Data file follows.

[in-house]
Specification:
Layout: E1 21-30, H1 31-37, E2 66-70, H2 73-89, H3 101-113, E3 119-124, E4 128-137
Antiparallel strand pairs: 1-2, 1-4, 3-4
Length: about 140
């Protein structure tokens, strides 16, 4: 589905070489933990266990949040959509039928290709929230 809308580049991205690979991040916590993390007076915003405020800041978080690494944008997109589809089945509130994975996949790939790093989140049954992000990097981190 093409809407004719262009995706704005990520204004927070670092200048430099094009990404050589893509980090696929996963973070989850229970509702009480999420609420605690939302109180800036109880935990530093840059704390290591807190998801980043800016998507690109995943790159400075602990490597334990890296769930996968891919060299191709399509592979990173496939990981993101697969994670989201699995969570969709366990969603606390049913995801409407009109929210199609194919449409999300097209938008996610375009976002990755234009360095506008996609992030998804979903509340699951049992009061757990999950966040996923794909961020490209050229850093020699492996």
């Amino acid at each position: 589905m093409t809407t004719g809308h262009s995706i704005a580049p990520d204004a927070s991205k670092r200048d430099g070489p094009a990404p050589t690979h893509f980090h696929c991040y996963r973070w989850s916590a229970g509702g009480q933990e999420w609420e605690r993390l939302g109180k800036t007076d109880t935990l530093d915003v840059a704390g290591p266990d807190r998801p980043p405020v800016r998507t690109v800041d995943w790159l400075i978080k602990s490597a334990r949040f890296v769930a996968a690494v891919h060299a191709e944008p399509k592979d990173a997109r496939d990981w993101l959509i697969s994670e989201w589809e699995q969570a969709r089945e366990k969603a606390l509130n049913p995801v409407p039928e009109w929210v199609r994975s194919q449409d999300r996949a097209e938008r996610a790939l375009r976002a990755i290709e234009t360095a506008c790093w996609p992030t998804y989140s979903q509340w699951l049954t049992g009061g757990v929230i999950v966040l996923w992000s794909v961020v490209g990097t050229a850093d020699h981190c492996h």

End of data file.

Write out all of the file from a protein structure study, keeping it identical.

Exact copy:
[in-house]
Specification:
Layout: E1 21-30, H1 31-37, E2 66-70, H2 73-89, H3 101-113, E3 119-124, E4 128-137
Antiparallel strand pairs: 1-2, 1-4, 3-4
Length: about 140
């Protein structure tokens, strides 16, 4: 589905070489933990266990949040959509039928290709929230 809308580049991205690979991040916590993390007076915003405020800041978080690494944008997109589809089945509130994975996949790939790093989140049954992000990097981190 093409809407004719262009995706704005990520204004927070670092200048430099094009990404050589893509980090696929996963973070989850229970509702009480999420609420605690939302109180800036109880935990530093840059704390290591807190998801980043800016998507690109995943790159400075602990490597334990890296769930996968891919060299191709399509592979990173496939990981993101697969994670989201699995969570969709366990969603606390049913995801409407009109929210199609194919449409999300097209938008996610375009976002990755234009360095506008996609992030998804979903509340699951049992009061757990999950966040996923794909961020490209050229850093020699492996």
């Amino acid at each position: 589905m093409t809407t004719g809308h262009s995706i704005a580049p990520d204004a927070s991205k670092r200048d430099g070489p094009a990404p050589t690979h893509f980090h696929c991040y996963r973070w989850s916590a229970g509702g009480q933990e999420w609420e605690r993390l939302g109180k800036t007076d109880t935990l530093d915003v840059a704390g290591p266990d807190r998801p980043p405020v800016r998507t690109v800041d995943w790159l400075i978080k602990s490597a334990r949040f890296v769930a996968a690494v891919h060299a191709e944008p399509k592979d990173a997109r496939d990981w993101l959509i697969s994670e989201w589809e699995q969570a969709r089945e366990k969603a606390l509130n049913p995801v409407p039928e009109w929210v199609r994975s194919q449409d999300r996949a097209e938008r996610a790939l375009r976002a990755i290709e234009t360095a506008c790093w996609p992030t998804y989140s979903q509340w699951l049954t049992g009061g757990v929230i999950v966040l996923w992000s794909v961020v490209g990097t050229a850093d020699h981190c492996h």